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Our research team consists of undergraduate, post-graduate research assistants, and three graduate students, led by faculty mentor Dr. April Gile Thomas.

The Adolescent Development and Delinquency Laboratory accepts applications on a rolling basis; our next recruitment period will be in Winter 2023. To be considered, please submit an application.

Principal Investigator


April Gile Thomas, Ph.D.

Assistant Professor, University of Texas at El Paso

Dr. April Thomas received her MS from Colorado State University in Human Development and Family Studies and her Ph.D. from the University of California, Irvine, in Psychology and Social Behavior. She joined the faculty in the Department of Psychology at the University of Texas at El Paso in 2017.


Her research addresses the question “Why do adolescents take risks?” Broadly, she studies adolescent development, particularly as it pertains to risk-taking and problem behavior. Her training in developmental psychology has led her to view the increase in risk taking that occurs during adolescence, as compared to childhood or adulthood, as a normative response to the many changes that occur during this developmental phase. She is also interested in what happens when adolescents engage in risky behavior that is also illegal. As a result, her research is not limited to community samples, but has also included first-time juvenile offenders, as well as more serious, felony-level juvenile offenders. A unifying theme of her work is that it seeks to use developmental science to inform best practices for working with adolescents, particularly within the justice system.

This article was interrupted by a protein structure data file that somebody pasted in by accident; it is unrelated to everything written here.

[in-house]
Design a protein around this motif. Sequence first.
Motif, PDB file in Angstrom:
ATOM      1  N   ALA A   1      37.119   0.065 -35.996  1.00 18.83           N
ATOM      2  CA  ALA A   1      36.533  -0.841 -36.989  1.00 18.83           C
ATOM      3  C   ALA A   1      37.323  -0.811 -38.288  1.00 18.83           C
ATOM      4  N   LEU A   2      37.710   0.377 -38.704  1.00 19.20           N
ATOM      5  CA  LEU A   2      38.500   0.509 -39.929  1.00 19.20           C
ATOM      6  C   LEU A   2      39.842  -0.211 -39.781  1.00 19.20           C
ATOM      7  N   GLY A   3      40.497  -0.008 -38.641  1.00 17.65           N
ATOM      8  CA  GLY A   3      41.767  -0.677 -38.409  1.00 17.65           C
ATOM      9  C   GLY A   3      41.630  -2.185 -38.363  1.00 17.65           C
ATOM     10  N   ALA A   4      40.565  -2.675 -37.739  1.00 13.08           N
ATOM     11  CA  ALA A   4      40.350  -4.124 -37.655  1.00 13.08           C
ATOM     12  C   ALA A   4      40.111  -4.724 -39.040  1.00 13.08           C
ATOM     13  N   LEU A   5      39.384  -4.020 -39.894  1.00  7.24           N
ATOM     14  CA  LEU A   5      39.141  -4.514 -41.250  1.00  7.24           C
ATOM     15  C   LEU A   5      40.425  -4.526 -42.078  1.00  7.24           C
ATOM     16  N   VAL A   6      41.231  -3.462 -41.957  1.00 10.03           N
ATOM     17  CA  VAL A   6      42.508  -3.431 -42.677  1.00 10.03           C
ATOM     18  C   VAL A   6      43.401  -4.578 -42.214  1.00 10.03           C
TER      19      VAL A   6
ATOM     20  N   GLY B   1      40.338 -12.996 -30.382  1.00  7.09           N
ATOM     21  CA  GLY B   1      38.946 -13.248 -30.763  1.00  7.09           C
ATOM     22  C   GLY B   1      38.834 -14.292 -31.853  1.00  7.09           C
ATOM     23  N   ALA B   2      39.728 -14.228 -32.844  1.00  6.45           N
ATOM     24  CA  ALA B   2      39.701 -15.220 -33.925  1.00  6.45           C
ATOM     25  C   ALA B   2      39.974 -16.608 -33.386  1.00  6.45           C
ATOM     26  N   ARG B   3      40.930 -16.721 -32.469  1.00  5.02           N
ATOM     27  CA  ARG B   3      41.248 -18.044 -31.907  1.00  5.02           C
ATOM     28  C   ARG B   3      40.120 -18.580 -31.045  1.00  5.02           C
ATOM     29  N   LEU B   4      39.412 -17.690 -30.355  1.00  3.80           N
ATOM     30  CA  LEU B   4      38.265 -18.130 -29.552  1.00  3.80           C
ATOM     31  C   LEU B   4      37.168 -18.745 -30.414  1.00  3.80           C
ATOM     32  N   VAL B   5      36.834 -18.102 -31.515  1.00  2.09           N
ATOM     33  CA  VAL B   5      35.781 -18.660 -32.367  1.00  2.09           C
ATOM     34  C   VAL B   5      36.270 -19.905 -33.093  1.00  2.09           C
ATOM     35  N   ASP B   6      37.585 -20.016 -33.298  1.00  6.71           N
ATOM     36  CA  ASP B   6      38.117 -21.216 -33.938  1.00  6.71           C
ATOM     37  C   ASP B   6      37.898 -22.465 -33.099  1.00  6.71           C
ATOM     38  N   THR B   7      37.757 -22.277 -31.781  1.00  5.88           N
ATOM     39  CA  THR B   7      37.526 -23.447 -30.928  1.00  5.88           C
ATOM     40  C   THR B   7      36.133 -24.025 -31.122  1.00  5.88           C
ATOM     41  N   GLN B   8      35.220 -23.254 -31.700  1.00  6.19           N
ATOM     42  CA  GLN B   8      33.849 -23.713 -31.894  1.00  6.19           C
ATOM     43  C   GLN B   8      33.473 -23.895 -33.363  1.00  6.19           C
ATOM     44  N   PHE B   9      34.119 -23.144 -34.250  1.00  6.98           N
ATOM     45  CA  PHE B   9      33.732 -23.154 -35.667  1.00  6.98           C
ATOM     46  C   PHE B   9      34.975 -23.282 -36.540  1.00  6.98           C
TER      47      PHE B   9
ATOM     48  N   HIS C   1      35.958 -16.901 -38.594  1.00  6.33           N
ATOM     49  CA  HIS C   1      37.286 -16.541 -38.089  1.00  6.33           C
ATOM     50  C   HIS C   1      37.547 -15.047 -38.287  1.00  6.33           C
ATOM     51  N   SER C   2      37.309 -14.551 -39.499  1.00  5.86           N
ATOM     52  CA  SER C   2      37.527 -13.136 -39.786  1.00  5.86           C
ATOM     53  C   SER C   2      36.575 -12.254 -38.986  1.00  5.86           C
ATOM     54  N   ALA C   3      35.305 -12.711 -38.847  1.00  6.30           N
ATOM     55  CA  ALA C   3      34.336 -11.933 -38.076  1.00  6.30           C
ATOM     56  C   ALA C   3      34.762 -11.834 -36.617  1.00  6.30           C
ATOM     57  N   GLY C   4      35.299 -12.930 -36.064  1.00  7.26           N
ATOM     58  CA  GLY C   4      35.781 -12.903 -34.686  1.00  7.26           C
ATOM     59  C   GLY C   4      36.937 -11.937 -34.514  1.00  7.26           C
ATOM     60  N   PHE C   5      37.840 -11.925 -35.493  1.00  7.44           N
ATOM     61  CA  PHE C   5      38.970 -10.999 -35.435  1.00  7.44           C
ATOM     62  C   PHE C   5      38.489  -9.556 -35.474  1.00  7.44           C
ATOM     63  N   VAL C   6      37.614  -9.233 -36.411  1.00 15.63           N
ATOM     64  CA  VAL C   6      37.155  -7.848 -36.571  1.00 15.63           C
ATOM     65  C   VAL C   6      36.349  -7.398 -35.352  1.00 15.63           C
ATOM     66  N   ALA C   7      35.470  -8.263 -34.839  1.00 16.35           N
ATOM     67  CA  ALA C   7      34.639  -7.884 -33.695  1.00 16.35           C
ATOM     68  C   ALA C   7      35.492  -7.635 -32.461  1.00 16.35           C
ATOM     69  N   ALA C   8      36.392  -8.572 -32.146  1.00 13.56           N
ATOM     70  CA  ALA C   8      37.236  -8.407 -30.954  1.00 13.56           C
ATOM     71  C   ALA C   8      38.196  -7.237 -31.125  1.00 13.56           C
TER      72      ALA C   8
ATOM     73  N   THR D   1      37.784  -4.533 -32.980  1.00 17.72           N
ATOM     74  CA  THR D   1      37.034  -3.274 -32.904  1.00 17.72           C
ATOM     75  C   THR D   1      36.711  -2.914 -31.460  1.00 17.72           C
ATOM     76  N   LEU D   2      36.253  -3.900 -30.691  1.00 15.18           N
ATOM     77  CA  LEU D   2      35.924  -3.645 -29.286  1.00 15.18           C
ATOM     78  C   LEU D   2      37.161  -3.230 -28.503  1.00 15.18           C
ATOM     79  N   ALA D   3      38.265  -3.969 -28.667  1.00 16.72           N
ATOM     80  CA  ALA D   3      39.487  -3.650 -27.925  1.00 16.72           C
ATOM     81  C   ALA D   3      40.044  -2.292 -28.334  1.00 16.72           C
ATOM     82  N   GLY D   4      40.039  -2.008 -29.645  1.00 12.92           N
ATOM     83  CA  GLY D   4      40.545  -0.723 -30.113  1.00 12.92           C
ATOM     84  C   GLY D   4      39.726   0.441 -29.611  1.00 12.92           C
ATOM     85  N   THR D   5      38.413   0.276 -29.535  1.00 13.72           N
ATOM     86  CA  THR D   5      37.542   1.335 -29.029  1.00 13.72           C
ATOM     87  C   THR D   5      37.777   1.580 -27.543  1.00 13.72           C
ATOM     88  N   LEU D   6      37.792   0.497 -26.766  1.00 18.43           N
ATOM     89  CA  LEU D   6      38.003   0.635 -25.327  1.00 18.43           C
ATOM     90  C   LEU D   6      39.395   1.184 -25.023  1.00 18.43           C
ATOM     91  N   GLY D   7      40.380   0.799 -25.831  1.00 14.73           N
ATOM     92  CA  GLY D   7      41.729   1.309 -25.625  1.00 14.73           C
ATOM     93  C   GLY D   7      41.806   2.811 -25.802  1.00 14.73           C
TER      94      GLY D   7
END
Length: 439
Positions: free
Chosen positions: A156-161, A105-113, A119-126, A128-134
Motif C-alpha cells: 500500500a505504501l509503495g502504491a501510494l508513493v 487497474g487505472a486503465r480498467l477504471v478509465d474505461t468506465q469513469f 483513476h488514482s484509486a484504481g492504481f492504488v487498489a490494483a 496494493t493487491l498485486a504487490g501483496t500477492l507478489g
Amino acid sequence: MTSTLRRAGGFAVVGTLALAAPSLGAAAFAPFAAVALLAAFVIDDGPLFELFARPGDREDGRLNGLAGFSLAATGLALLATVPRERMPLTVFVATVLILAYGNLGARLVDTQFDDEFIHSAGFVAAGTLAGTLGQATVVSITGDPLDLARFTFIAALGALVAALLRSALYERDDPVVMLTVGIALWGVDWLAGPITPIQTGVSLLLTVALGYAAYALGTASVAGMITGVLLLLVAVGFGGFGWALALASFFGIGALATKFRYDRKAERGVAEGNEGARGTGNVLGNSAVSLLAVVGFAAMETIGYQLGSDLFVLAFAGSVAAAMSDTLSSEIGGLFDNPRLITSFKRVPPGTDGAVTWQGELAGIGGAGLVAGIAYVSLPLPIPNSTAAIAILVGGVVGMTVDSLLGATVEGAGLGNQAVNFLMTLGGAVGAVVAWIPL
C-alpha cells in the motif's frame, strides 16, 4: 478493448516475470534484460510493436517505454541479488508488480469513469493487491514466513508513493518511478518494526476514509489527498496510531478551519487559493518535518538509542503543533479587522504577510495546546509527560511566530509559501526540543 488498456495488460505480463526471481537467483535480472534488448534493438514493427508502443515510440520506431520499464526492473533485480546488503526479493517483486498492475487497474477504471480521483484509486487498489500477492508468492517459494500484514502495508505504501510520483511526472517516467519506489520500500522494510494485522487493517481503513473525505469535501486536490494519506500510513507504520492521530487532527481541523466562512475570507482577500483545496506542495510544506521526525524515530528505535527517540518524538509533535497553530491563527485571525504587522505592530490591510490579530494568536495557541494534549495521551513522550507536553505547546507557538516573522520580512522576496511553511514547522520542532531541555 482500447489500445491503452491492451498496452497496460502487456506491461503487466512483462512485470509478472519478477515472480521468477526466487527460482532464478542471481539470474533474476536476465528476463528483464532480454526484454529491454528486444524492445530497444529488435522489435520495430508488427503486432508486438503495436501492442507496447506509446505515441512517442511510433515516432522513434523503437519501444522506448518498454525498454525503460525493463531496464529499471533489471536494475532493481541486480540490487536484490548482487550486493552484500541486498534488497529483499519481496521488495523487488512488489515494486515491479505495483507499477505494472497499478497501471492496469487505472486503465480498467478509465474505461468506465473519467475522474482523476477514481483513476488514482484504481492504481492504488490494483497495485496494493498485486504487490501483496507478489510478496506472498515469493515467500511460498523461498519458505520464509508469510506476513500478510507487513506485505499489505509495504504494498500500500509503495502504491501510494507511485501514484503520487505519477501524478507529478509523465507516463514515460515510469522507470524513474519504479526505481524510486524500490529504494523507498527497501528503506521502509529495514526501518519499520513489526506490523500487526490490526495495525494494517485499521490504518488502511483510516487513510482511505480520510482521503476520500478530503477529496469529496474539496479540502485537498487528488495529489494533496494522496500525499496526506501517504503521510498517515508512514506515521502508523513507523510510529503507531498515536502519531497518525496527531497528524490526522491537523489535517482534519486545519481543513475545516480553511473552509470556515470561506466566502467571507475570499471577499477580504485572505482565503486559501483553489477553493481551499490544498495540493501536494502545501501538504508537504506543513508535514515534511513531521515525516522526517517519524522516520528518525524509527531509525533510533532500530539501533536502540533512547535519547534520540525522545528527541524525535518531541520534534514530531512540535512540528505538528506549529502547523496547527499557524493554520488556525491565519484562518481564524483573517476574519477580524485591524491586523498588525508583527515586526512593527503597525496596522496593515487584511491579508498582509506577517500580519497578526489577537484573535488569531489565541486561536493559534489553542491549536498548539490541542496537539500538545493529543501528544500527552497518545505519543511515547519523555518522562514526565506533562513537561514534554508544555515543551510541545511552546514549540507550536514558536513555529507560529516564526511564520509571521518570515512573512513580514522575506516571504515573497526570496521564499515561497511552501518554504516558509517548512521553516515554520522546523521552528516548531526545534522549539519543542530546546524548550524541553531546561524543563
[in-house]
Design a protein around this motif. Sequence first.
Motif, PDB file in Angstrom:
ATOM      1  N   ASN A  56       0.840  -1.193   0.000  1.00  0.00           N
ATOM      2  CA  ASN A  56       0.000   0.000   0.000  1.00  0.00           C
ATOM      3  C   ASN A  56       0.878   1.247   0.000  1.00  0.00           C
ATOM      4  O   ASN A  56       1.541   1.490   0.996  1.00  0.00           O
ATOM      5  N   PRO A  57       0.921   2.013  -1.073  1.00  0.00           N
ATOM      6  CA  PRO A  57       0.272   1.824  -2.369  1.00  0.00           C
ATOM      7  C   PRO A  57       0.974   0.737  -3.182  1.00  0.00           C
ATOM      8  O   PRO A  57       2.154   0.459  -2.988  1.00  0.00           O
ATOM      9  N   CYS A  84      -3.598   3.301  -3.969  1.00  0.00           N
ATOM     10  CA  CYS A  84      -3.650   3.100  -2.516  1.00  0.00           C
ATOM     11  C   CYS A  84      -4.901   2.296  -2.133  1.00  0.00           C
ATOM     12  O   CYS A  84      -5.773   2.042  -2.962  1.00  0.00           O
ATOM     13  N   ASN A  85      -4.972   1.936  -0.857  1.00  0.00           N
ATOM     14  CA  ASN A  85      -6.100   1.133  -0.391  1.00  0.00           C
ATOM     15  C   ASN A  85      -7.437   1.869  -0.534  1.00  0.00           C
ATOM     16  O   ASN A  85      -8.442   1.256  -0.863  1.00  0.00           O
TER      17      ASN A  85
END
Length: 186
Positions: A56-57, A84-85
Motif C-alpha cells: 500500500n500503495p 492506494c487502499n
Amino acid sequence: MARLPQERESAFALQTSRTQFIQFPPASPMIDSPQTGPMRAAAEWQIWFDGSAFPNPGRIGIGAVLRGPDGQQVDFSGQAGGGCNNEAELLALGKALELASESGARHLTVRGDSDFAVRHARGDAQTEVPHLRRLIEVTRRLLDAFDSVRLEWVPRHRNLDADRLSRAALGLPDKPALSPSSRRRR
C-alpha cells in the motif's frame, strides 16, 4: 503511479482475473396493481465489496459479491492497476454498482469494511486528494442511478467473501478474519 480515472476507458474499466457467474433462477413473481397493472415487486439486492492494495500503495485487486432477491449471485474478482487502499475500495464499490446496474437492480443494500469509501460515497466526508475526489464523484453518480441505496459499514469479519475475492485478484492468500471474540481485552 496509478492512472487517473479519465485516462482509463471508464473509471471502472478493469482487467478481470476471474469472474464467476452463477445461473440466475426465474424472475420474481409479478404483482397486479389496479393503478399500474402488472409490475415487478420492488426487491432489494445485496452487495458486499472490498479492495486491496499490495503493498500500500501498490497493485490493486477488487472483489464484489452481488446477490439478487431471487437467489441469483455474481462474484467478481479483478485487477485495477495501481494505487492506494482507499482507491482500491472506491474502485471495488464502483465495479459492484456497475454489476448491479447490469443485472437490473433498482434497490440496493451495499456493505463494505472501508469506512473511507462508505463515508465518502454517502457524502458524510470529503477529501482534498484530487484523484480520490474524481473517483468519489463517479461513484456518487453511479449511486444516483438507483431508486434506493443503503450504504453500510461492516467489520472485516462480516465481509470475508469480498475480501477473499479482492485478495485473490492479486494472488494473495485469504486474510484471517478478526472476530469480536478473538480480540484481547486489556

Graduate Researchers


Isabelle M. Clough, M.A.

Doctoral Student 

Isabelle is a fifth-year doctoral candidate in the Legal Psychology program at the University of Texas at El Paso (UTEP). She graduated from Christopher Newport University in 2018 with a B.S. in Psychology and B.A. in Sociology, and received her M.A. in Experimental Psychology from UTEP in 2020. Her research broadly examines how adolescents' psychosocial maturity influences their involvement in and experiences with the criminal justice system. Specifically, her dissertation research examines how psychosocial maturity and pretrial detention—among other factors—influence adolescents’ plea bargain decision-making.

Photo coming soon

Anna D. Drozdova, M.A.

Doctoral Student 

Anna is a fourth-year Legal Psychology doctoral student at the University of Texas at El Paso (UTEP). She earned her MA in Experimental Psychology from UTEP in 2021 and is currently studying adolescent offenders’ social relationships and how such relationships impact adolescents’ criminal offending and substance use. She is particularly interested in opportunities that allow her to communicate her findings to broad audiences, including the general public, academic researchers, and stakeholders.

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Claudia I. Cota, B.A.

Doctoral Student

Claudia is a second-year Legal Psychology doctoral student at the University of Texas at El Paso (UTEP). She graduated from the University of California, San Diego in 2017 with a Bachelor of Arts in Cognitive Science. She worked as a research associate on adolescent brain development and substance use research projects before starting her graduate studies. Her research interests focus on examining how external influences such as substance use, peer influences, and family background contribute to adolescents' criminal justice involvement and risk-taking. 

Undergraduate Research Assistants


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